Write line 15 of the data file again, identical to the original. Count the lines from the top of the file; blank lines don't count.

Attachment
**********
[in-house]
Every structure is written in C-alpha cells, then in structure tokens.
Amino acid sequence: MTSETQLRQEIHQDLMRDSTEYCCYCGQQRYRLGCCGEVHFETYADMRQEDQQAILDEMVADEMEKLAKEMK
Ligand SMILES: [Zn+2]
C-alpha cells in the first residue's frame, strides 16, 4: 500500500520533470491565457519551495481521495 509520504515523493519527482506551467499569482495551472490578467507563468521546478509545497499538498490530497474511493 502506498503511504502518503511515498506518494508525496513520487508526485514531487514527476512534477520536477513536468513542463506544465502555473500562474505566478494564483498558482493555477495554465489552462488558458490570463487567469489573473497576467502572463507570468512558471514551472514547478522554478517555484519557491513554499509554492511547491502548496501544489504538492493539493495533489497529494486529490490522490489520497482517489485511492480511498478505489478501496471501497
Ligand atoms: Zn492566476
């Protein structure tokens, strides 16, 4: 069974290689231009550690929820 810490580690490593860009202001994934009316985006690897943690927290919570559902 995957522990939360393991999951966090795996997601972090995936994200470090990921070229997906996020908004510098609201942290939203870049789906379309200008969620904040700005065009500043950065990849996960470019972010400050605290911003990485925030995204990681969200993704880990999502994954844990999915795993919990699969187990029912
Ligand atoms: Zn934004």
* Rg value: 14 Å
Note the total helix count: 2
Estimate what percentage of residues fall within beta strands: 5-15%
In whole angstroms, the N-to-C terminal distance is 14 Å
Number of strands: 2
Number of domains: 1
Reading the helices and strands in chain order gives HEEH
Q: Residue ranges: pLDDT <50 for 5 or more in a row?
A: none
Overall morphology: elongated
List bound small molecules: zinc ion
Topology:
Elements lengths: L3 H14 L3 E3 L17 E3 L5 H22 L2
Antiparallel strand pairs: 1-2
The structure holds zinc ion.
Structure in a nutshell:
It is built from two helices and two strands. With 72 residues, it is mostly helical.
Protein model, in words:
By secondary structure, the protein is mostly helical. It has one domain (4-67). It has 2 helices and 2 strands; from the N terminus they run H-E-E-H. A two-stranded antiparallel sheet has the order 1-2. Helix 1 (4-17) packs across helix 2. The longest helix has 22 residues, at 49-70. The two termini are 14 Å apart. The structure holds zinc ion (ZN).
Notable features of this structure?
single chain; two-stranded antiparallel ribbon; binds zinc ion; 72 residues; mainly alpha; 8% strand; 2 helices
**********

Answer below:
Reading the helices and strands in chain order gives HEEH